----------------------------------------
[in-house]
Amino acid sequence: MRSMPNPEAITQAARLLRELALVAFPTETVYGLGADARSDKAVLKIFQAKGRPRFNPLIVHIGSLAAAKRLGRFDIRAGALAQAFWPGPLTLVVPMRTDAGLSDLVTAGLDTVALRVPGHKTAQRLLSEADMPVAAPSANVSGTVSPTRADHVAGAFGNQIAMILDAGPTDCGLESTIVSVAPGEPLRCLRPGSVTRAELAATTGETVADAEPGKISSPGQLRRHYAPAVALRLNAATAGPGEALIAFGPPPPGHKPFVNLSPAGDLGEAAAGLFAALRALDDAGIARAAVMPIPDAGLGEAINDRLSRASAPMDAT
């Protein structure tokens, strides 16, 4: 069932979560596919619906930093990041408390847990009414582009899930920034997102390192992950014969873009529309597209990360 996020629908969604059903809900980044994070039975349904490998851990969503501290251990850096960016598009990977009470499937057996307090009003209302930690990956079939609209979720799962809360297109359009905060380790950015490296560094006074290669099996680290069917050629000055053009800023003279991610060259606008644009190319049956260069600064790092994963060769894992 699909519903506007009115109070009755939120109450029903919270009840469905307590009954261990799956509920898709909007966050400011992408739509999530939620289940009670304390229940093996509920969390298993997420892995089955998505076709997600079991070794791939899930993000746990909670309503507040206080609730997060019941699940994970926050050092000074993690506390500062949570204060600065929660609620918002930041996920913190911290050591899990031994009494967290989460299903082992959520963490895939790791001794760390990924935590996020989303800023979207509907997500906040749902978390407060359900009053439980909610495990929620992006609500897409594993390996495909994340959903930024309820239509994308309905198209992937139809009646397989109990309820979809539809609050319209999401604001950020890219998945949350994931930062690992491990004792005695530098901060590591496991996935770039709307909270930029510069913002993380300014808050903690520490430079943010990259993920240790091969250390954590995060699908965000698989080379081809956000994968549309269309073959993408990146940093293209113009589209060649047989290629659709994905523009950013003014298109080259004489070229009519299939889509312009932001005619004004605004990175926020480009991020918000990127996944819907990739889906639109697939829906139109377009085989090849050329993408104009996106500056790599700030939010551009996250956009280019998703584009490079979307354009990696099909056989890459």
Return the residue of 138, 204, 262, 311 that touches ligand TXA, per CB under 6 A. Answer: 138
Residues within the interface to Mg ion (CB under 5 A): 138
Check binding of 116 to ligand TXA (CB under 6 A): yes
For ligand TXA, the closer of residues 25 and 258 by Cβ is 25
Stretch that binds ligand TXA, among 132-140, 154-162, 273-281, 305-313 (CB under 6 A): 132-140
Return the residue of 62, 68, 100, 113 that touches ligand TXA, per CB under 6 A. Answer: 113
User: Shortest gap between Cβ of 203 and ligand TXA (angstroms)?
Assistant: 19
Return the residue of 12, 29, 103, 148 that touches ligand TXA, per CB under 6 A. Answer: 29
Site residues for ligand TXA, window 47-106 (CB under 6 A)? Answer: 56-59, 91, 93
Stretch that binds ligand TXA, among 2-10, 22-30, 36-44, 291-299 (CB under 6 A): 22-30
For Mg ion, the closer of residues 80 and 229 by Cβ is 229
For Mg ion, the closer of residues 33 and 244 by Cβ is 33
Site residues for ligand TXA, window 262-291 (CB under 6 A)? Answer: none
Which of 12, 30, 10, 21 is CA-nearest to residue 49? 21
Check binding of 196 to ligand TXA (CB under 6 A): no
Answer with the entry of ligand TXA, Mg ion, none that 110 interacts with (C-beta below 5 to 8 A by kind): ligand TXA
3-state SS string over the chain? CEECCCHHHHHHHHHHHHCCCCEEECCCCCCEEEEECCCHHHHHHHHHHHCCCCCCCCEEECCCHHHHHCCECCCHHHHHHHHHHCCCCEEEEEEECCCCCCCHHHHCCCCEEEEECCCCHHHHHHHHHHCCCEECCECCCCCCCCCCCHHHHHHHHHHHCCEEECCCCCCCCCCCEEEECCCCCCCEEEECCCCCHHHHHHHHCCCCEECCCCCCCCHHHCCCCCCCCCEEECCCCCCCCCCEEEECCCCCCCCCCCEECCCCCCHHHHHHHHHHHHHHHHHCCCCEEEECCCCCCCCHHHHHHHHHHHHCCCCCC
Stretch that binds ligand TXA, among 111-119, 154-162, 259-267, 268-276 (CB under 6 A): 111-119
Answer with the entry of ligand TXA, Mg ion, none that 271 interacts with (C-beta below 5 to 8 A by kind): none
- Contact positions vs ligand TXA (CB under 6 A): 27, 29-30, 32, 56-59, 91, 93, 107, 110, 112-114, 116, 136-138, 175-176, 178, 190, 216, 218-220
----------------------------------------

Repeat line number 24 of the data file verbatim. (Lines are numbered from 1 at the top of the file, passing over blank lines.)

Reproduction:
- Contact positions vs ligand TXA (CB under 6 A): 27, 29-30, 32, 56-59, 91, 93, 107, 110, 112-114, 116, 136-138, 175-176, 178, 190, 216, 218-220